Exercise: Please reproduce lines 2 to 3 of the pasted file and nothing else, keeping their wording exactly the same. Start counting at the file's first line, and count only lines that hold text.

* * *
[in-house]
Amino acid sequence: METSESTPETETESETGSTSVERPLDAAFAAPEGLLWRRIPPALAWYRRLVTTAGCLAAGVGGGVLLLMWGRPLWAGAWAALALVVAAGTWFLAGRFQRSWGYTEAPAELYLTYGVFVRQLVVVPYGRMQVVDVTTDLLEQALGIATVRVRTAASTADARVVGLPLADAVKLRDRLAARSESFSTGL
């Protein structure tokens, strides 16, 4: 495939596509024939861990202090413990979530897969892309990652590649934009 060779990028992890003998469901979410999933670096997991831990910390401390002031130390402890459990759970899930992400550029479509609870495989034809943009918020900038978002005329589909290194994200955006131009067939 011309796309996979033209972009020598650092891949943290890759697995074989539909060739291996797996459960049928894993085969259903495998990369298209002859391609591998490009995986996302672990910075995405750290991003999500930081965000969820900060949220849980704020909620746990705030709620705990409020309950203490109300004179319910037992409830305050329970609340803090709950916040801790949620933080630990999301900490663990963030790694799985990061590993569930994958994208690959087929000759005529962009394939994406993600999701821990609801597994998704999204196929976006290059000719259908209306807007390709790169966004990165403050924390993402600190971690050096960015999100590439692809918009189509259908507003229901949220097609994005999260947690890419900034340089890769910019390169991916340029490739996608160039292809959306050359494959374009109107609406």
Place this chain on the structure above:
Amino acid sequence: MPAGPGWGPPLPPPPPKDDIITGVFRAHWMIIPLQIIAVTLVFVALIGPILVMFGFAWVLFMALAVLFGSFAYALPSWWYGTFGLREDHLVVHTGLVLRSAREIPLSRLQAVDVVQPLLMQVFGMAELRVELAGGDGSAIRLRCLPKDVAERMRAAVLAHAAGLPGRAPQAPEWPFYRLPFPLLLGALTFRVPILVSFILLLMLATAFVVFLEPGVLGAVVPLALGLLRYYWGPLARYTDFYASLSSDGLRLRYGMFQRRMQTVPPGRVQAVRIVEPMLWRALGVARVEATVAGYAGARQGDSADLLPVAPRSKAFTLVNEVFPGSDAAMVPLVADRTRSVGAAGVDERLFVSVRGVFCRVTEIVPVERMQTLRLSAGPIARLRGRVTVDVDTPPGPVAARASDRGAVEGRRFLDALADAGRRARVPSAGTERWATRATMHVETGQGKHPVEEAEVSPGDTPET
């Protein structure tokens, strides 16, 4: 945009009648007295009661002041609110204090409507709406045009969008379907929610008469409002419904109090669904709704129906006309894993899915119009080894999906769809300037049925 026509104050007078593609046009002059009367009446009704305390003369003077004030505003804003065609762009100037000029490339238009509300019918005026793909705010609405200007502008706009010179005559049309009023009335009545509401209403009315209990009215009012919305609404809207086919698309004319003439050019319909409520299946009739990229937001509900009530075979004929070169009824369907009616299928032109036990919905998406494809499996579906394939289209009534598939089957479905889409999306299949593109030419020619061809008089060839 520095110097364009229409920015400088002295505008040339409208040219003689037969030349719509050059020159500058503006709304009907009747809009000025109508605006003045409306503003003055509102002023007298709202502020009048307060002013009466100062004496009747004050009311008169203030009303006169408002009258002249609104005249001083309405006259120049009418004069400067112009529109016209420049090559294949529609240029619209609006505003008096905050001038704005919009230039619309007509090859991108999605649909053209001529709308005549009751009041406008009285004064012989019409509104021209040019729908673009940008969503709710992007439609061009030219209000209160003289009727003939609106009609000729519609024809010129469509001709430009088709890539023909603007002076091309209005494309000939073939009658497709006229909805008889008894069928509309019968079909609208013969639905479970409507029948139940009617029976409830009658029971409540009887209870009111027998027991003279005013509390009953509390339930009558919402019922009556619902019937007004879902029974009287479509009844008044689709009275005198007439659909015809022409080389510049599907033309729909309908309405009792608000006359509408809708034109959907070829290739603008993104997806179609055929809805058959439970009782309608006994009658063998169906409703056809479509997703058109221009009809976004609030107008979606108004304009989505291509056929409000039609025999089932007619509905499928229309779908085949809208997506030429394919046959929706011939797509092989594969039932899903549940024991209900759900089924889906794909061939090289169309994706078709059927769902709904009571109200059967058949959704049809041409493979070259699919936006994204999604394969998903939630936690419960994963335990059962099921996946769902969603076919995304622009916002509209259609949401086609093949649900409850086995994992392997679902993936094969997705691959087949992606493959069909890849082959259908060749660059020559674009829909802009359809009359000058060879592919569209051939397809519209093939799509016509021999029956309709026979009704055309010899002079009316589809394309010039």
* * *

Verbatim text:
Amino acid sequence: METSESTPETETESETGSTSVERPLDAAFAAPEGLLWRRIPPALAWYRRLVTTAGCLAAGVGGGVLLLMWGRPLWAGAWAALALVVAAGTWFLAGRFQRSWGYTEAPAELYLTYGVFVRQLVVVPYGRMQVVDVTTDLLEQALGIATVRVRTAASTADARVVGLPLADAVKLRDRLAARSESFSTGL
């Protein structure tokens, strides 16, 4: 495939596509024939861990202090413990979530897969892309990652590649934009 060779990028992890003998469901979410999933670096997991831990910390401390002031130390402890459990759970899930992400550029479509609870495989034809943009918020900038978002005329589909290194994200955006131009067939 011309796309996979033209972009020598650092891949943290890759697995074989539909060739291996797996459960049928894993085969259903495998990369298209002859391609591998490009995986996302672990910075995405750290991003999500930081965000969820900060949220849980704020909620746990705030709620705990409020309950203490109300004179319910037992409830305050329970609340803090709950916040801790949620933080630990999301900490663990963030790694799985990061590993569930994958994208690959087929000759005529962009394939994406993600999701821990609801597994998704999204196929976006290059000719259908209306807007390709790169966004990165403050924390993402600190971690050096960015999100590439692809918009189509259908507003229901949220097609994005999260947690890419900034340089890769910019390169991916340029490739996608160039292809959306050359494959374009109107609406």